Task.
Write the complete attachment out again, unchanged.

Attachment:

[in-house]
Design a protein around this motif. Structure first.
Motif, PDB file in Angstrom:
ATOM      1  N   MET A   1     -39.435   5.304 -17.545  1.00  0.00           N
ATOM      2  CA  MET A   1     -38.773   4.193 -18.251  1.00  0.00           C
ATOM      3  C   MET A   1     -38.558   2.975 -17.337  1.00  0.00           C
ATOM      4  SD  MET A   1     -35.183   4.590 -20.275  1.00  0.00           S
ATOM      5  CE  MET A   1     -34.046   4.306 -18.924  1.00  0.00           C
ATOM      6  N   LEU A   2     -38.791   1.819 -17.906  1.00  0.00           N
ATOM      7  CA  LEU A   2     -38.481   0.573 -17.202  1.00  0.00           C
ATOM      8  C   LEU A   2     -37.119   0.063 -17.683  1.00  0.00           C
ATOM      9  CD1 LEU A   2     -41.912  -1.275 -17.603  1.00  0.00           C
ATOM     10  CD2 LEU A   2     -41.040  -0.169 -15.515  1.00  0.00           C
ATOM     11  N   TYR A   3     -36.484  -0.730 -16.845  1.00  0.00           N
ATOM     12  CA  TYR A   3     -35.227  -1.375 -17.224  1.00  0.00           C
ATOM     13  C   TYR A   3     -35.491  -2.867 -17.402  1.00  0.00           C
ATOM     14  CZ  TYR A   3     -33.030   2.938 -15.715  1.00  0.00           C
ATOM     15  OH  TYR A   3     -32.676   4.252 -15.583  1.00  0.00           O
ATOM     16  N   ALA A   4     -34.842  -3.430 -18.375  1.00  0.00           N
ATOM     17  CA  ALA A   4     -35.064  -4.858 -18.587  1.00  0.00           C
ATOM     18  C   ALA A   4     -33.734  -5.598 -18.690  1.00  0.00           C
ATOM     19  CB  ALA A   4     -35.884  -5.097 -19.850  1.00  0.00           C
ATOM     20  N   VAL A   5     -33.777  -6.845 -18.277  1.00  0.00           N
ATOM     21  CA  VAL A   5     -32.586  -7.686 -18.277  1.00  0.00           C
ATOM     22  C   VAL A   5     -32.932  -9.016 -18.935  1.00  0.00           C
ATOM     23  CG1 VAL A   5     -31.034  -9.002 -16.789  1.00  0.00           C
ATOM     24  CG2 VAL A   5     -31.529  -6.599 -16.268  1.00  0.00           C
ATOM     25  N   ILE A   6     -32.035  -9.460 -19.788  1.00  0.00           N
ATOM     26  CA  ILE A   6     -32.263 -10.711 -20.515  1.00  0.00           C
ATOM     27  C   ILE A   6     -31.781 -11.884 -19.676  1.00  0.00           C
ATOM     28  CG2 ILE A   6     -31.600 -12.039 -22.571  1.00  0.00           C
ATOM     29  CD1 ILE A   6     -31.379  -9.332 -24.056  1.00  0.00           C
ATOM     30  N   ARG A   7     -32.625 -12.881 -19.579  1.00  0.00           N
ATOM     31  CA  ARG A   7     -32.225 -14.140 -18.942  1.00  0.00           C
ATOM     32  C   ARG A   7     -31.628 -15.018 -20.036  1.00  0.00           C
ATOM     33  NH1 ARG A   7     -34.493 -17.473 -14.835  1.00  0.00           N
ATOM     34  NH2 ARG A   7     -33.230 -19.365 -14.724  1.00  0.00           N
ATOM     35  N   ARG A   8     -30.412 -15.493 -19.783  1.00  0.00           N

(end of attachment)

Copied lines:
[in-house]
Design a protein around this motif. Structure first.
Motif, PDB file in Angstrom:
ATOM      1  N   MET A   1     -39.435   5.304 -17.545  1.00  0.00           N
ATOM      2  CA  MET A   1     -38.773   4.193 -18.251  1.00  0.00           C
ATOM      3  C   MET A   1     -38.558   2.975 -17.337  1.00  0.00           C
ATOM      4  SD  MET A   1     -35.183   4.590 -20.275  1.00  0.00           S
ATOM      5  CE  MET A   1     -34.046   4.306 -18.924  1.00  0.00           C
ATOM      6  N   LEU A   2     -38.791   1.819 -17.906  1.00  0.00           N
ATOM      7  CA  LEU A   2     -38.481   0.573 -17.202  1.00  0.00           C
ATOM      8  C   LEU A   2     -37.119   0.063 -17.683  1.00  0.00           C
ATOM      9  CD1 LEU A   2     -41.912  -1.275 -17.603  1.00  0.00           C
ATOM     10  CD2 LEU A   2     -41.040  -0.169 -15.515  1.00  0.00           C
ATOM     11  N   TYR A   3     -36.484  -0.730 -16.845  1.00  0.00           N
ATOM     12  CA  TYR A   3     -35.227  -1.375 -17.224  1.00  0.00           C
ATOM     13  C   TYR A   3     -35.491  -2.867 -17.402  1.00  0.00           C
ATOM     14  CZ  TYR A   3     -33.030   2.938 -15.715  1.00  0.00           C
ATOM     15  OH  TYR A   3     -32.676   4.252 -15.583  1.00  0.00           O
ATOM     16  N   ALA A   4     -34.842  -3.430 -18.375  1.00  0.00           N
ATOM     17  CA  ALA A   4     -35.064  -4.858 -18.587  1.00  0.00           C
ATOM     18  C   ALA A   4     -33.734  -5.598 -18.690  1.00  0.00           C
ATOM     19  CB  ALA A   4     -35.884  -5.097 -19.850  1.00  0.00           C
ATOM     20  N   VAL A   5     -33.777  -6.845 -18.277  1.00  0.00           N
ATOM     21  CA  VAL A   5     -32.586  -7.686 -18.277  1.00  0.00           C
ATOM     22  C   VAL A   5     -32.932  -9.016 -18.935  1.00  0.00           C
ATOM     23  CG1 VAL A   5     -31.034  -9.002 -16.789  1.00  0.00           C
ATOM     24  CG2 VAL A   5     -31.529  -6.599 -16.268  1.00  0.00           C
ATOM     25  N   ILE A   6     -32.035  -9.460 -19.788  1.00  0.00           N
ATOM     26  CA  ILE A   6     -32.263 -10.711 -20.515  1.00  0.00           C
ATOM     27  C   ILE A   6     -31.781 -11.884 -19.676  1.00  0.00           C
ATOM     28  CG2 ILE A   6     -31.600 -12.039 -22.571  1.00  0.00           C
ATOM     29  CD1 ILE A   6     -31.379  -9.332 -24.056  1.00  0.00           C
ATOM     30  N   ARG A   7     -32.625 -12.881 -19.579  1.00  0.00           N
ATOM     31  CA  ARG A   7     -32.225 -14.140 -18.942  1.00  0.00           C
ATOM     32  C   ARG A   7     -31.628 -15.018 -20.036  1.00  0.00           C
ATOM     33  NH1 ARG A   7     -34.493 -17.473 -14.835  1.00  0.00           N
ATOM     34  NH2 ARG A   7     -33.230 -19.365 -14.724  1.00  0.00           N
ATOM     35  N   ARG A   8     -30.412 -15.493 -19.783  1.00  0.00           N